Conclusions: We identified that, in most patients of Wolf-Hirschhorn syndrome, the frequency of both seizures and status epilepticus decreased gradually after age 5 years. However, during infancy, status epilepticus sometimes resulted in permanent disability or even death. We propose that sodium bromide should be used as the initial treatment for the prevention of the development of status epilepticus associated with Wolf-Hirschhorn syndrome.
PATIENTS AND METHODS
We examined seizure onset and frequency, seizure types, the treatment and evolution of epilepsy in 11 cases of WHS treated at either Osaka University Hospital or Osaka Medical Center and Research Institute for Maternal and Child Health. The subjects included three male and eight female patients. The mean age at the final visit was 10 years (range, 2–25 years; SD, 7.2 years). All of the subjects had partial deletions of the short arm of chromosome 4. Eight cases had de novo deletions. The other three had translocations; two of the subjects were brothers whose father had a translocation of chromosome 4 and 8 (Table 1). We defined SE as prolonged seizures of >30 min. The antiepileptic drugs (AEDs) were defined effective when seizure or SE decreased in frequency to <50% of that observed when untreated. When seizure frequency decreased without any change of AEDs, the change was defined as spontaneous remission.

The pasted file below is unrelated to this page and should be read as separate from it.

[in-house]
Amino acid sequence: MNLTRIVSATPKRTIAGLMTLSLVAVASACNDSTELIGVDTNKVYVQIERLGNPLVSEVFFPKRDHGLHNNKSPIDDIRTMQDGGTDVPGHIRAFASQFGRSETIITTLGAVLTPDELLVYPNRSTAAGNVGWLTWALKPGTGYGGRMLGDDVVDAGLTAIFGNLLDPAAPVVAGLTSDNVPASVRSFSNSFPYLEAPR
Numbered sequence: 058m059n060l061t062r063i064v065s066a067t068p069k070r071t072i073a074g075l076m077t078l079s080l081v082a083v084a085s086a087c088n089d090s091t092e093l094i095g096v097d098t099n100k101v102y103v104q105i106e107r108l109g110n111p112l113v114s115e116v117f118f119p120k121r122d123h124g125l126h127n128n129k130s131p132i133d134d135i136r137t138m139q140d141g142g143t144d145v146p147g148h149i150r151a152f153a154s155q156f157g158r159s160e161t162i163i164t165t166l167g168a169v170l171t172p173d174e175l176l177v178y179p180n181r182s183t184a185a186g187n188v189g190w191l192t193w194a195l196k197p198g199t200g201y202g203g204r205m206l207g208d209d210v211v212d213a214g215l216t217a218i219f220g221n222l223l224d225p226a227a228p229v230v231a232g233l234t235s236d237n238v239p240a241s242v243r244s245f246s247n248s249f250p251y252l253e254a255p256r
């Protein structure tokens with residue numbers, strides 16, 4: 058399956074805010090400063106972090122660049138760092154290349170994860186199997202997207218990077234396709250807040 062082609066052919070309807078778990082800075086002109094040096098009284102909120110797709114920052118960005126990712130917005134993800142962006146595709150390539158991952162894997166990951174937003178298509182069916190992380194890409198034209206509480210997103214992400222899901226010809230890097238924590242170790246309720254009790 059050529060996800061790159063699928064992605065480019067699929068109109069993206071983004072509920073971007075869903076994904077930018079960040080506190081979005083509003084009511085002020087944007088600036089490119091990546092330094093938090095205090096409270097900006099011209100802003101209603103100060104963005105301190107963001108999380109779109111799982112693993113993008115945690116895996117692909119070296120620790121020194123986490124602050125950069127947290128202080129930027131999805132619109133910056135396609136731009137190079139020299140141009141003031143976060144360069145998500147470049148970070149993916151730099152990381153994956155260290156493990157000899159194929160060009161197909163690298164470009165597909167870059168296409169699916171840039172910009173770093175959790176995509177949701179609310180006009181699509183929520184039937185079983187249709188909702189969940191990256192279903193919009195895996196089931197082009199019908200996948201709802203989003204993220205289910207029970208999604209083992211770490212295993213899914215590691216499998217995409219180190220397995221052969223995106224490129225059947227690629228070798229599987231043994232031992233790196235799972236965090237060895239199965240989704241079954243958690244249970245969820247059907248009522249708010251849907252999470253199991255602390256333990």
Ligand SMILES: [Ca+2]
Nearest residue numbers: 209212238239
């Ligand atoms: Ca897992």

|Case No.||Br treated||Non-Br treated|
|(p 15.2)||(p 15.2)||(p 15.32)||(p 16.1)||(p 15)||(p 15.32P16.3)||(p 16.1)||(p 15.32; p21.3)||(p16.1; p13.31)||(p16.1; p13.32)|